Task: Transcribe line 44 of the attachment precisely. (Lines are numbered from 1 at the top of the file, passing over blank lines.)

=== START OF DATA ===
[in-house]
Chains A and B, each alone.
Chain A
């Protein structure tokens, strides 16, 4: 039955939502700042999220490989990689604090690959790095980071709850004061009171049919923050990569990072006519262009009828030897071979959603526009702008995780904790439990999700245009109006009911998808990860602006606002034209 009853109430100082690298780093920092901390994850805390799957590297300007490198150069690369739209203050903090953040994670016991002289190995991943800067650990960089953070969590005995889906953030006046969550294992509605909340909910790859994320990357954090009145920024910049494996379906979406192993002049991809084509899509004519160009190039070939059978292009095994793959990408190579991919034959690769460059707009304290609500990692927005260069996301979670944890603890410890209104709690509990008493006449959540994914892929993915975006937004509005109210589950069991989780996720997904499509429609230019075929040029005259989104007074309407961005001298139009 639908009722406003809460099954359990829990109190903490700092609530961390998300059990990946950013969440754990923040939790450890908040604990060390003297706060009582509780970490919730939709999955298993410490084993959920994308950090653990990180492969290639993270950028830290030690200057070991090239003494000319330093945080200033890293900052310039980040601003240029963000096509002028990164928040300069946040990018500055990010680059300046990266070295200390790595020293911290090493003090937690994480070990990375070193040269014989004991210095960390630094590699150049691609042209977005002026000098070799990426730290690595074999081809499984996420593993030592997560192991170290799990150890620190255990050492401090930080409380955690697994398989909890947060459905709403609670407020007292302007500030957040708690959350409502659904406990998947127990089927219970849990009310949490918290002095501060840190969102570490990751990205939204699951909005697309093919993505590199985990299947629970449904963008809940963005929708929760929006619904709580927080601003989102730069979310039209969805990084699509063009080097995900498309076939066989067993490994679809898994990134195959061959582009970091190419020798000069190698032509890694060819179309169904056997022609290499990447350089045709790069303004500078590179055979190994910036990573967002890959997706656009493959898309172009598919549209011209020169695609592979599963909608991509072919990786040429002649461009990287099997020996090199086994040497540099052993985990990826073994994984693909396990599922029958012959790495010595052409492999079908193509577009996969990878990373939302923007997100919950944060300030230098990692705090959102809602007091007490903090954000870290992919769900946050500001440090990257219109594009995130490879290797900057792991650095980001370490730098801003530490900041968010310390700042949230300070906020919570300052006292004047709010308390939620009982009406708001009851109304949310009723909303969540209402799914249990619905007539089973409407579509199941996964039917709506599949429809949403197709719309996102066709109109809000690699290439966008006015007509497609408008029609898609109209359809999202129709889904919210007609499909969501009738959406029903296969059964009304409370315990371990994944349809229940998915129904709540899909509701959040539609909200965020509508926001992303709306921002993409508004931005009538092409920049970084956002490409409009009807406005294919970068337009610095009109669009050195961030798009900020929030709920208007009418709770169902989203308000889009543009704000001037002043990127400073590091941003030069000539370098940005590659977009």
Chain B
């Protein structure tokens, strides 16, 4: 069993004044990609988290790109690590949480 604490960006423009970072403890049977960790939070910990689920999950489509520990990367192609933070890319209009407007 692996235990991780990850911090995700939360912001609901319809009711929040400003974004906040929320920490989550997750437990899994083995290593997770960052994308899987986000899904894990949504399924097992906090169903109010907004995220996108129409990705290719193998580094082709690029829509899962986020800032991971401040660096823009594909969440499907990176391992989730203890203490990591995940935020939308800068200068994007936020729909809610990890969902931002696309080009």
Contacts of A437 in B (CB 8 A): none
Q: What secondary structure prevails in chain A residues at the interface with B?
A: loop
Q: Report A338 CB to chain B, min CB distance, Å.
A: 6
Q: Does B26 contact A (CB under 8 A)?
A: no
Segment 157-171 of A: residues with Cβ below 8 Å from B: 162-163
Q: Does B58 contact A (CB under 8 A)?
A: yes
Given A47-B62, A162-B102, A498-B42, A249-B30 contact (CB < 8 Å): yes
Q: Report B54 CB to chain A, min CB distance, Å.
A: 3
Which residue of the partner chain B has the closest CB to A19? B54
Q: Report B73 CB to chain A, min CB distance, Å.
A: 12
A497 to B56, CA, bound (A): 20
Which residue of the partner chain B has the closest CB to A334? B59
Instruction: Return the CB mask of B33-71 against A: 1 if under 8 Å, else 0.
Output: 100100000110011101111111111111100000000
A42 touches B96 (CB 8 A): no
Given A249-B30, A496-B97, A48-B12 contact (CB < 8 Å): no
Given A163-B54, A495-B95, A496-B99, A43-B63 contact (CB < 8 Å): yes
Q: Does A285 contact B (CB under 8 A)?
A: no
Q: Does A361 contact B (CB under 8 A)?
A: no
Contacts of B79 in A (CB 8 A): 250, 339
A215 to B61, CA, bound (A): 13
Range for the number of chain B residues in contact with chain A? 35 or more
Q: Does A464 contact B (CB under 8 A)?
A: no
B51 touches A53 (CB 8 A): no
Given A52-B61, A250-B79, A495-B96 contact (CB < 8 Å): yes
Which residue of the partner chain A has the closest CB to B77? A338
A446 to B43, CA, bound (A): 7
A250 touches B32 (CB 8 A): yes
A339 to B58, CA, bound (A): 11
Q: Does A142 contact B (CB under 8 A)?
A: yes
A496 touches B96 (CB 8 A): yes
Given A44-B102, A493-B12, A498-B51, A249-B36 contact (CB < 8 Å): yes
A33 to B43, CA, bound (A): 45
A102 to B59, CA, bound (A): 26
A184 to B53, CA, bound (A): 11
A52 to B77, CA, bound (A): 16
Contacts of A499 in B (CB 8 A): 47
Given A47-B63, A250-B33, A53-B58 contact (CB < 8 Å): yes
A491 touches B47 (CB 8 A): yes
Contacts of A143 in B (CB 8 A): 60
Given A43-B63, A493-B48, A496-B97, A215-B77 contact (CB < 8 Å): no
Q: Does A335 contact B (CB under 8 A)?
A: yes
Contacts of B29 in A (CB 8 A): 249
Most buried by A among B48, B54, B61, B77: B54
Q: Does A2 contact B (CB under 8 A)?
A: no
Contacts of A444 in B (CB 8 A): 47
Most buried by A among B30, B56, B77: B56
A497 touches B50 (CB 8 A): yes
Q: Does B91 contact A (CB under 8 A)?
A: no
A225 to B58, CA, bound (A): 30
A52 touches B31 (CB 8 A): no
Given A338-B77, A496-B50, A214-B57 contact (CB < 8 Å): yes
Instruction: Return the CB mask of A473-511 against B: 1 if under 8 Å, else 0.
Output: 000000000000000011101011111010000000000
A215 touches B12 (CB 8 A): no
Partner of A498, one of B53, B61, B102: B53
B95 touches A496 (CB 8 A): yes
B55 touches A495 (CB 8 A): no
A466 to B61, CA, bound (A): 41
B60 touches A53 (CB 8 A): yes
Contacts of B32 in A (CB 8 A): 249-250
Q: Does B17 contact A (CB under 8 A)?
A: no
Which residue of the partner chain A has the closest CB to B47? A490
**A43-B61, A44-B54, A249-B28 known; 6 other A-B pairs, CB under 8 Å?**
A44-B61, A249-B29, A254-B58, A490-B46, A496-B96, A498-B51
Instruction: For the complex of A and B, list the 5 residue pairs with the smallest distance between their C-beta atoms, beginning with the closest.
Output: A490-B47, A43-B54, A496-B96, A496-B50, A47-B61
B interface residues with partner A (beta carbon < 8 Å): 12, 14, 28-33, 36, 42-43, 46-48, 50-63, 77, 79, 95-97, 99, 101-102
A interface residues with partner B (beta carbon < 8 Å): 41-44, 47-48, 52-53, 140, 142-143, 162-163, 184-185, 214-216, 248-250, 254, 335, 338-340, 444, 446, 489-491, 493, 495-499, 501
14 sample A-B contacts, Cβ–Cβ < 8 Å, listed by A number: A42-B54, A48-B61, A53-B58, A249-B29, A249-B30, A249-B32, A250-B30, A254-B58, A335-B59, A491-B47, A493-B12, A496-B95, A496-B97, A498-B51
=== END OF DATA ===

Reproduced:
A339 to B58, CA, bound (A): 11